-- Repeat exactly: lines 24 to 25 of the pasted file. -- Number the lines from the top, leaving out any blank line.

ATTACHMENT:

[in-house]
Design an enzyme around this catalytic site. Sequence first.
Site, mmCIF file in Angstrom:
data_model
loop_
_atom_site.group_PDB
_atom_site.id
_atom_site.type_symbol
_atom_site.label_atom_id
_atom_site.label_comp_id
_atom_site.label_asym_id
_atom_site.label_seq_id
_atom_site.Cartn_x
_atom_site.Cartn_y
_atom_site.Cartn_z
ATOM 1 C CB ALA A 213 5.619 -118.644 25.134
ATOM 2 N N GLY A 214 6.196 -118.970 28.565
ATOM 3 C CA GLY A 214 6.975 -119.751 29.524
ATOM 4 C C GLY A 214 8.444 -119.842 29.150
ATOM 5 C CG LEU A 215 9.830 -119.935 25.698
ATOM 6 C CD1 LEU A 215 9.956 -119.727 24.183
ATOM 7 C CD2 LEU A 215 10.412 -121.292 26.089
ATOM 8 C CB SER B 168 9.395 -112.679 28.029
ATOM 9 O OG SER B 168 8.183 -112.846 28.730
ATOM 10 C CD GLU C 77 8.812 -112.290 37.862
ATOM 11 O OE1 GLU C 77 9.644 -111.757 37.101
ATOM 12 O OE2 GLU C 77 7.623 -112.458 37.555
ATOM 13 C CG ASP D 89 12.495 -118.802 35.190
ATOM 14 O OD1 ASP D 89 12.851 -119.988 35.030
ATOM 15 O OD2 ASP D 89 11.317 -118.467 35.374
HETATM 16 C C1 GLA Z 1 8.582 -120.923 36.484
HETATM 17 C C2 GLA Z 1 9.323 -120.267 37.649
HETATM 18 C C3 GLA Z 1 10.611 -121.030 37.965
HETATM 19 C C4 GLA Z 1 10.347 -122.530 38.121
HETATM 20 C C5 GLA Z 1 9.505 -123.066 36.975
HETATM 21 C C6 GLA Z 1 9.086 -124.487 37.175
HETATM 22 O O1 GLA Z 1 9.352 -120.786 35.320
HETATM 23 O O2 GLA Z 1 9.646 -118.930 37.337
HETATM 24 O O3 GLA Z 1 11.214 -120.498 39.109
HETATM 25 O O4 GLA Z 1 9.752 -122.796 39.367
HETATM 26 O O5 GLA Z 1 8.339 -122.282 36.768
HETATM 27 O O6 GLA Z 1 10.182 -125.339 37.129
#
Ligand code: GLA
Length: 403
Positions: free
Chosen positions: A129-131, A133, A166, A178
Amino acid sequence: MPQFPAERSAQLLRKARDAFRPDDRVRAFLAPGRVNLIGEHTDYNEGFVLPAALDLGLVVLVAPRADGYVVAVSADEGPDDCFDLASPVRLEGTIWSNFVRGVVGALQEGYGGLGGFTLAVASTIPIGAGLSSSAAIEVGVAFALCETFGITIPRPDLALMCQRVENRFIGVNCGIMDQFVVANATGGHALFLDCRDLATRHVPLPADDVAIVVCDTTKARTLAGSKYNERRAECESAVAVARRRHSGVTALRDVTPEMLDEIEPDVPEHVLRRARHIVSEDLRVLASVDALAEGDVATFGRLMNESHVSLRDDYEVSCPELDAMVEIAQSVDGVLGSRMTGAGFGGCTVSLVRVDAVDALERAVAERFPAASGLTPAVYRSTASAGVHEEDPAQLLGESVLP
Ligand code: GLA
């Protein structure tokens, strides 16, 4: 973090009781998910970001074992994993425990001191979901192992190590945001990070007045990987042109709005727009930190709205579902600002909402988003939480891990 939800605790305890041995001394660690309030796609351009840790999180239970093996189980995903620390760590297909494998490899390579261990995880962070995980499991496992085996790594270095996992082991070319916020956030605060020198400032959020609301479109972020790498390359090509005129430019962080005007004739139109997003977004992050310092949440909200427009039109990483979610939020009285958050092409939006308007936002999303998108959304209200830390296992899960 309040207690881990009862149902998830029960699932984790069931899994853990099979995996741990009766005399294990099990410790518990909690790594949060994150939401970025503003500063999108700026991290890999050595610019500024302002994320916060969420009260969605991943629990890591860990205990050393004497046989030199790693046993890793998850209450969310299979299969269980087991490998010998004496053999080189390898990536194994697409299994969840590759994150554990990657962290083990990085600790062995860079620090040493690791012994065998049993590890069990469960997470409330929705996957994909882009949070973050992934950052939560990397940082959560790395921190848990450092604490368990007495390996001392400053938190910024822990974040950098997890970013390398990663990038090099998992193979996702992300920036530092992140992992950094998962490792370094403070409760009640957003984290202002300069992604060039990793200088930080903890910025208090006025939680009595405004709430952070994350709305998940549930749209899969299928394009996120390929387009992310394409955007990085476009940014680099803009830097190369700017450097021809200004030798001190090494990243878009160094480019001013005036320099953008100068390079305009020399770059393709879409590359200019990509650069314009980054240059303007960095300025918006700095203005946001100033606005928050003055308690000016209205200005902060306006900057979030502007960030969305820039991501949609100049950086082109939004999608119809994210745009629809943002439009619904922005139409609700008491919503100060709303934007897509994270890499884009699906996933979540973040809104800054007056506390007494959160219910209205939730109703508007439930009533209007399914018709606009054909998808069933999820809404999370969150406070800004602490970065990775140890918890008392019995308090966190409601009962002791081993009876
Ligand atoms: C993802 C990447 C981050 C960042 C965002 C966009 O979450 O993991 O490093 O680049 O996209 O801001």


ATOM 9 O OG SER B 168 8.183 -112.846 28.730
ATOM 10 C CD GLU C 77 8.812 -112.290 37.862